Common Terms of the California Missions

Many words and phrases used during the California mission era are still in use . These include architectural and military terms, religious words and phrases, Native American terms and place names, and of course, the Spanish words for many aspects of everyday life. This glossary provides a handy single reference of these California Mission terms.


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A mayordomo served as a custodian of civic property, also a foreman of a hacienda or mission. An overseer.

Mendicant Order

Religious organizations which have renounced all common and personal property. Thus, members are dependent upon begging in order to survive.

Merced de Tierra

Land grant.


Mixed-blood of European and Indian ancestry.


A flat slab of rock used to grind seeds, nuts and plant foods into flour.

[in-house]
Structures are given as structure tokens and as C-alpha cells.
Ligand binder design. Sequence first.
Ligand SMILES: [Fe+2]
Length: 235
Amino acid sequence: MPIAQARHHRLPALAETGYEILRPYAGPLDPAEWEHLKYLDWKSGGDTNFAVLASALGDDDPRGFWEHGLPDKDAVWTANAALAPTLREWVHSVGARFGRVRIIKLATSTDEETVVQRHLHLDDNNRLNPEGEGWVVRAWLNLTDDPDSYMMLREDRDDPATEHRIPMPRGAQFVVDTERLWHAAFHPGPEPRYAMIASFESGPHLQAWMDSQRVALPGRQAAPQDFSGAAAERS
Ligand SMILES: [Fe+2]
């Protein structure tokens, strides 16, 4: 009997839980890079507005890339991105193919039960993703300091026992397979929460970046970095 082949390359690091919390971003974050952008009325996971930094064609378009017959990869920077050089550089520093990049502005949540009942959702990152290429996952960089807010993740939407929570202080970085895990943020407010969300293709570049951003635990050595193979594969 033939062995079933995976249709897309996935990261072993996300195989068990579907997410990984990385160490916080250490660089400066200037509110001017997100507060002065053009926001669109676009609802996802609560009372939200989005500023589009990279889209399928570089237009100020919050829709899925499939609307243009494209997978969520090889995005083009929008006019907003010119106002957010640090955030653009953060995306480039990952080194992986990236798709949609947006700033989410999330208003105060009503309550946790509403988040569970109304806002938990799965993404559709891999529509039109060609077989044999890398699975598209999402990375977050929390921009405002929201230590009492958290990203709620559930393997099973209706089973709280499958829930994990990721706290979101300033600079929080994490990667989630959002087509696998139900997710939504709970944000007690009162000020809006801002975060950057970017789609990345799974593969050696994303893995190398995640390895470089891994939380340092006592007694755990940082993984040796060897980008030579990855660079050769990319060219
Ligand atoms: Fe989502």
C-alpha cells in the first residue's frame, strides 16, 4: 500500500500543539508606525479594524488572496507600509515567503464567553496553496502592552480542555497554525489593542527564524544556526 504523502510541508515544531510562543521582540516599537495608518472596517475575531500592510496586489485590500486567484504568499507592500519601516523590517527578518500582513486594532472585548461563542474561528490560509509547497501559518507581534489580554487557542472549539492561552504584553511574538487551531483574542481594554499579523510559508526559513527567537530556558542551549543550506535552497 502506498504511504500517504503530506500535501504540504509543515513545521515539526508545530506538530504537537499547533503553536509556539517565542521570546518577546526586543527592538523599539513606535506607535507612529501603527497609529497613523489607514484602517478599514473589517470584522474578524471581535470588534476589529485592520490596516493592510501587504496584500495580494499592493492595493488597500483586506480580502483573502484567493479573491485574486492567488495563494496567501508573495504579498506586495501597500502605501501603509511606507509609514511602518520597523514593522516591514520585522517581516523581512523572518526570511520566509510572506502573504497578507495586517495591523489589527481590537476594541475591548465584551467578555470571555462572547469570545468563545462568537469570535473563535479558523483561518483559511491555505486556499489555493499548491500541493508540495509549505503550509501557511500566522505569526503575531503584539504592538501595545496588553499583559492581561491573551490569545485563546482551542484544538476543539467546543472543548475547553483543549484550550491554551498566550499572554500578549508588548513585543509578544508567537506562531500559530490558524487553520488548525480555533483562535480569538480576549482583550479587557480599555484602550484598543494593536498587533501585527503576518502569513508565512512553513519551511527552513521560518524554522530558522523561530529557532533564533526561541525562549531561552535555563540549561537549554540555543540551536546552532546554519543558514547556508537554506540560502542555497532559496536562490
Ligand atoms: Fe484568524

Mexican-American War

Armed conflict between the United States and Mexico that lasted from 1846 to 1848. Led to annexation of 58 percent of Mexican territory including Texas, New Mexico, Arizona and California.


The word from which the term Chumash originated. It refers to those people who lived on Santa Cruz Island.


A plot of land, grain field, or corn field.

Mission Vieja

Literally means Old Mission. This is the term used for the first site of Mission La Purísima Concepcíon which was destroyed by the earthquake of 1812.

Missionary College

Franciscan institutions established to receive and train priests for service in the missions. The missions of Alta California were sponsored by the College of San Fernando founded in 1734 in Mexico City.


A grist-mill.


Woman’s quarters.